Quest Cycles Applying the Hero Quest to the crises in our lives Linda S. Griggs
Scenes from a Hero Quest - Part 1 - Chariot Phase

Details how my soul is rudely awakened through my breast cancer diagnosis, surgery, chemo and radiation.
The "symptoms" of the cancer-prone personality that I identify in myself during this six-month phase
are variously dealt with in later phases.


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Chariot Phase
(Oct. 1993 -- May 1994)
Excerpts from Part 1

Chariot -- by Mary Ellen McNaughton

Cancer, new beginning, change for the good, introspection, meditation, spiritual path.

The driver sits in meditation . . . in a chariot which has not yet begun to move. He is . . . meditating on the Holy Grail [which] symbolizes the Wheel of Fortune. The driver is examining all possible consequences before daring to set the chariot in motion on a new beginning, for once the driver has chosen to start, there is no turning back. Nothing will be able to arrest the journey.

Gerd Ziegler, Tarot: Mirror of the Soul

Call to adventure

The call rings up the curtain, always, on a mystery of transfiguration -- a rite, or moment, of spiritual passage, which, when complete, amounts to a dying and a birth. The familiar life horizon has been outgrown; the old concepts, ideals, and emotional patterns no longer fit; the time for the passing of a threshold is at hand.

Joseph Campbell, The Hero with a Thousand Faces

October 18, 1993

"I wouldn't worry about it," the doctor says. He's just jabbed the needle into my breast for the third time. Still no liquid. But he doesn't think it's anything serious. He'll send the cell sample to the lab for confirmation.

"Or rather, I'd worry about it this much." He's smiling, holding up his little finger, indicating the nail area. "So go on to Toronto as you'd planned, and give us a call when you get back for the results."

He is wrong. And right.

It is malignant. About the size of the nail on his little finger.


Send off

The adventure that the hero is ready for is the one he gets. The adventure is symbolically a manifestation of his character. Even the landscape and the conditions of the environment match his readiness. . . . The adventure evoke[s] a quality of his character he hadn't known he possessed.

Joseph Campbell, The Power of Myth

October 19, 1993

People don't know what to say. They stand there, hands in pockets, avoiding eyes. Or let long silences spread over the phone line.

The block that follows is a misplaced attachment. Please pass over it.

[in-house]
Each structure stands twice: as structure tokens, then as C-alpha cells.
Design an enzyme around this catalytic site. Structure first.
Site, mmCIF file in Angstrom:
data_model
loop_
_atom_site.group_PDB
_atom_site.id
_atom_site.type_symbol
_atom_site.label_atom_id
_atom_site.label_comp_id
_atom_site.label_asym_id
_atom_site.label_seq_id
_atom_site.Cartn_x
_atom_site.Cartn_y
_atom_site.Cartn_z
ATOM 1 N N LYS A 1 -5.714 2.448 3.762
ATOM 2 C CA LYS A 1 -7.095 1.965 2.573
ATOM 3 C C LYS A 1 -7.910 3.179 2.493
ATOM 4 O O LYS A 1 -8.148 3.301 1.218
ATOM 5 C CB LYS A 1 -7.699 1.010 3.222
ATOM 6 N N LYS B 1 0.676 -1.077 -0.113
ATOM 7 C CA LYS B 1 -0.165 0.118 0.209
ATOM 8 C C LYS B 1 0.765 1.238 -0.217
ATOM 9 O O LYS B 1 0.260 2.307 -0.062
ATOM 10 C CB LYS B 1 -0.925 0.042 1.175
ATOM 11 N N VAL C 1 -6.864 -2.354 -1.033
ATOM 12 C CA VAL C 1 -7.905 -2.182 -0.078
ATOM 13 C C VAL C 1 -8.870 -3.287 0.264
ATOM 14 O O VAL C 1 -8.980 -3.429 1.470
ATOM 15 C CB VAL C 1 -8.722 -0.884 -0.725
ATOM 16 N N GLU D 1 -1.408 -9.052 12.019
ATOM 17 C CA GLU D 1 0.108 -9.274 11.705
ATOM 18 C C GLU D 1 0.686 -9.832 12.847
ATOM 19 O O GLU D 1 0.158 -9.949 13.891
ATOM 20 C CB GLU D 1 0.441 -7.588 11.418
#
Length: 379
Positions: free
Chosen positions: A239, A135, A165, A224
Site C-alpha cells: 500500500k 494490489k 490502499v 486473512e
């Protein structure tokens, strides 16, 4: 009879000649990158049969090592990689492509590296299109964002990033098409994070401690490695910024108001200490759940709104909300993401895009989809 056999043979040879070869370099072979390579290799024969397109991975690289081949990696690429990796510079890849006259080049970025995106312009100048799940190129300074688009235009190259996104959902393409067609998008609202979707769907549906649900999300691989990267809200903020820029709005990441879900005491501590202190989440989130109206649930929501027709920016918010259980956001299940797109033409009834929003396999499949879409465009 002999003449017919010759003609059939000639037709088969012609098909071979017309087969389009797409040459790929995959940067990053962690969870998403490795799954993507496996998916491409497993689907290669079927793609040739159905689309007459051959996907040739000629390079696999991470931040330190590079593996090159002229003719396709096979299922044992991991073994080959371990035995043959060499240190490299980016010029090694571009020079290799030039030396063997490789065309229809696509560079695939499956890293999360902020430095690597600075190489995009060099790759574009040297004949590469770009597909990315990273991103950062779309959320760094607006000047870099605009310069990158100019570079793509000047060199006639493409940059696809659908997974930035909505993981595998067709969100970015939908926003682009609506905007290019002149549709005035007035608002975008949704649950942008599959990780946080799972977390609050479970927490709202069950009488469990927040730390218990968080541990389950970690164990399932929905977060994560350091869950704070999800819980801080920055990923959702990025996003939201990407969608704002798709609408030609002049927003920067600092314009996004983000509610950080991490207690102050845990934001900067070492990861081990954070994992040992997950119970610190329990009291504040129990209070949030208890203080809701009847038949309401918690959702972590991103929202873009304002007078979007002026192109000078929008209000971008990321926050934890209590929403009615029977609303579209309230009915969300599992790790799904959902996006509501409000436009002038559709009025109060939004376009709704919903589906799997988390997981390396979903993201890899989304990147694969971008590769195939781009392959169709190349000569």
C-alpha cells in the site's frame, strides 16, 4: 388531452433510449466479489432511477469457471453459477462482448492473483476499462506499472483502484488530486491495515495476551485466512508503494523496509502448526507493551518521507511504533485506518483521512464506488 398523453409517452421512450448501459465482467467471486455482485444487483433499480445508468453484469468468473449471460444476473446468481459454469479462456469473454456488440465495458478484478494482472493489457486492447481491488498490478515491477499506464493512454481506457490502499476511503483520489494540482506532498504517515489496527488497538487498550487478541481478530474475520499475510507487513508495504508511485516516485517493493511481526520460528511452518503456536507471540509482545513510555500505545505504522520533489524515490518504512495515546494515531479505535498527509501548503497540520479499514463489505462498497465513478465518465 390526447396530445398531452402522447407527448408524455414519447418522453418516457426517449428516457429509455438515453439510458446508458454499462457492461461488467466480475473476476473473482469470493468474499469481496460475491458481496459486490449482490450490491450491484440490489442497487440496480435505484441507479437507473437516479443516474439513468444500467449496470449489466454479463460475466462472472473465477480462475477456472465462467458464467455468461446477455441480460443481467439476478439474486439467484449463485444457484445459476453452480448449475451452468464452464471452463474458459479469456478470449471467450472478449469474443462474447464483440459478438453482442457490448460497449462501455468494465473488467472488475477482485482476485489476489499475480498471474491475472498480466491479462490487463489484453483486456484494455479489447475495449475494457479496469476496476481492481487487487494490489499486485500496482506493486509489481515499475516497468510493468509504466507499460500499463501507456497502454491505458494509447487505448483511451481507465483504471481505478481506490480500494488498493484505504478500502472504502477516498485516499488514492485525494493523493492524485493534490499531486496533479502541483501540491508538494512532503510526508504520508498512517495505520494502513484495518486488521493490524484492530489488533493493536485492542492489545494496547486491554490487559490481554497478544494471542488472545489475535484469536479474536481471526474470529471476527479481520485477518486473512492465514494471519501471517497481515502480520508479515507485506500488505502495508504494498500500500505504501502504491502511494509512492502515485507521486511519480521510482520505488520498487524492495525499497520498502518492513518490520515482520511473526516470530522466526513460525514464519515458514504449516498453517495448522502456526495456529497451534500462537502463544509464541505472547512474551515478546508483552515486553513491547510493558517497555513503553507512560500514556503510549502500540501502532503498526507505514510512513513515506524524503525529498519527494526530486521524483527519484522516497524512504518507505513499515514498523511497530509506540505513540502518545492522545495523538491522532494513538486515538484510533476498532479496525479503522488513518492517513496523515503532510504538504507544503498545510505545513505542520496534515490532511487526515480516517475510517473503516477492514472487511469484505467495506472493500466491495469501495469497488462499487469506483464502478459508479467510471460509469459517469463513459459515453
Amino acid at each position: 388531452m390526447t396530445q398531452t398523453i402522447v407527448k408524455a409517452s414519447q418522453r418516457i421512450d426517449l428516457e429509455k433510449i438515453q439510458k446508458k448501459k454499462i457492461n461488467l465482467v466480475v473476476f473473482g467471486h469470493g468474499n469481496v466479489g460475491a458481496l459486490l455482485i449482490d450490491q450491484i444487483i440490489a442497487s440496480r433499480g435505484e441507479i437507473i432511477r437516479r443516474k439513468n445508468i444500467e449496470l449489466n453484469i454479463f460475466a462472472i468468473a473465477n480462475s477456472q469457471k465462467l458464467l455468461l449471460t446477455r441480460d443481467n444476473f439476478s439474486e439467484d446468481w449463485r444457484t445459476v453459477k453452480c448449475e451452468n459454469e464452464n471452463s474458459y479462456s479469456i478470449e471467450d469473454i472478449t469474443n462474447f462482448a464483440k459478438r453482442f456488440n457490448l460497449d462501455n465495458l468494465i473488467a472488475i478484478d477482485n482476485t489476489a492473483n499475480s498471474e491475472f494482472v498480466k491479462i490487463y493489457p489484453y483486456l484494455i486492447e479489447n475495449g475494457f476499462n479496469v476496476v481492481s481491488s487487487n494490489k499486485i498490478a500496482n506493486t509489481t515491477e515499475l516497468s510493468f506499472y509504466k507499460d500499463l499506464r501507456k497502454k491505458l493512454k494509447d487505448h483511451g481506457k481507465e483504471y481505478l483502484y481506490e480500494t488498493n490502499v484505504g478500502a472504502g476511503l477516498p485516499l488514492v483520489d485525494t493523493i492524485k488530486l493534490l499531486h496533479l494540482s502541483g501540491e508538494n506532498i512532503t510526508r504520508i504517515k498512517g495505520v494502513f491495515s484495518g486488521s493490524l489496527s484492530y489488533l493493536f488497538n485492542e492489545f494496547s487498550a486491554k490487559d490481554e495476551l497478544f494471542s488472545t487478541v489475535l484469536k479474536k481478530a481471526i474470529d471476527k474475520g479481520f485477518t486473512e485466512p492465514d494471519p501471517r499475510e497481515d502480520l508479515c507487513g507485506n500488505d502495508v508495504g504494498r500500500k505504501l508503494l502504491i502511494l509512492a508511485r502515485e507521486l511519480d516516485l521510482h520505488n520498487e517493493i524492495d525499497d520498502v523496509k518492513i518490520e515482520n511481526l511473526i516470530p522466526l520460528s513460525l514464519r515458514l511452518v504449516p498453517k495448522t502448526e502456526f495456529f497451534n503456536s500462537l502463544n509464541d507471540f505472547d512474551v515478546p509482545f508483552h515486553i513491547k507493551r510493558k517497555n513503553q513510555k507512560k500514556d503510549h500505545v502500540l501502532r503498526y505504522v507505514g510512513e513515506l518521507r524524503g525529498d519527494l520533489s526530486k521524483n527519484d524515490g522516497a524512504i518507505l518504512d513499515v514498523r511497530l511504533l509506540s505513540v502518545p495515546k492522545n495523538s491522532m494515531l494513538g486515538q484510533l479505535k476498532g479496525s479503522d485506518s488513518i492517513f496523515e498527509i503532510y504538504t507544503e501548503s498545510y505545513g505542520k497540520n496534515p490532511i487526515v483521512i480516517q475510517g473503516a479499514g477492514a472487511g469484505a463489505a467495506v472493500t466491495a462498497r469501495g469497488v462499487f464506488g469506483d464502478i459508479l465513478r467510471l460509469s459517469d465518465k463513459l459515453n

"We're trying to be positive."

"You'll be in our prayers."

"There are miracles, you know."

They take pictures when we get together for dinner: "It just occurred to me that we have no pictures of all of us. You never know when one of us will get hit by a Mack truck."

My mother offers to fly out to be with me. "I don't know what I would do out there, but that's what my motherly instinct says I should do."

"No, not now, Mother. I have to do this myself."

A relative who's trying to start his own business sends me a brochure about some miracle shark cartilage and carrot juice pills he can sell me -- suggests he could even get me a special rate if I became a distributor under him, and that I could "make some extra money" that way.

Only one -- the one I would've least expected it from, a male neighbor -- manages to do exactly the right thing. He brings over fresh-baked cookies, sits and talks. And when he gets up to leave, he puts his arm around my shoulder, pulls me over to him in a sideways hug -- solid and strong and unembarrassed: "It'll all turn out okay. You just won't enjoy it much."

Suddenly, at dinner, I'm weeping. My husband goes to the bookshelf and comes back with a photograph of a woman with a raised spear in one hand and a tattoo along her mastectomy scar.

"It could be sort of neat. Like an Amazon woman."

Fellow travelers

"I'm going to run things and figure out things to suit myself -- when I retire."

"I've never done a single thing I've wanted to in my whole life."

Sinclair Lewis, Babbitt

October 25, 1993

I can hear the woman talking across the waiting room, but don't look up. There is nothing in this magazine I want to read, but I still can't stop flipping through it.

"I suppose I should make out a will. I could give Ginny the pots and pans. Bill the bed. Jay the night stand."

A woman sitting beside her reflects quietly that yes, that would be nice.

"My ex-husband wouldn't go to a Catholic church, so I went to his Baptist church for a long time. The priest at the hospital last week just walked off. He wouldn't give me communion, because I'd been away from the church too long."


"My daughter has MS. She just keeps getting worse and worse. She had moved out and was living with a friend who was helping her, but now they're not getting along so well so she's moved back in with me. I thought I could help her. But now that this has happened, I don't know. And with Christmas coming, I don't know what I'll do. My sister is supposed to visit, but she always shows up expecting to be waited on hand and foot. There's too much to do. And I'm just so tired."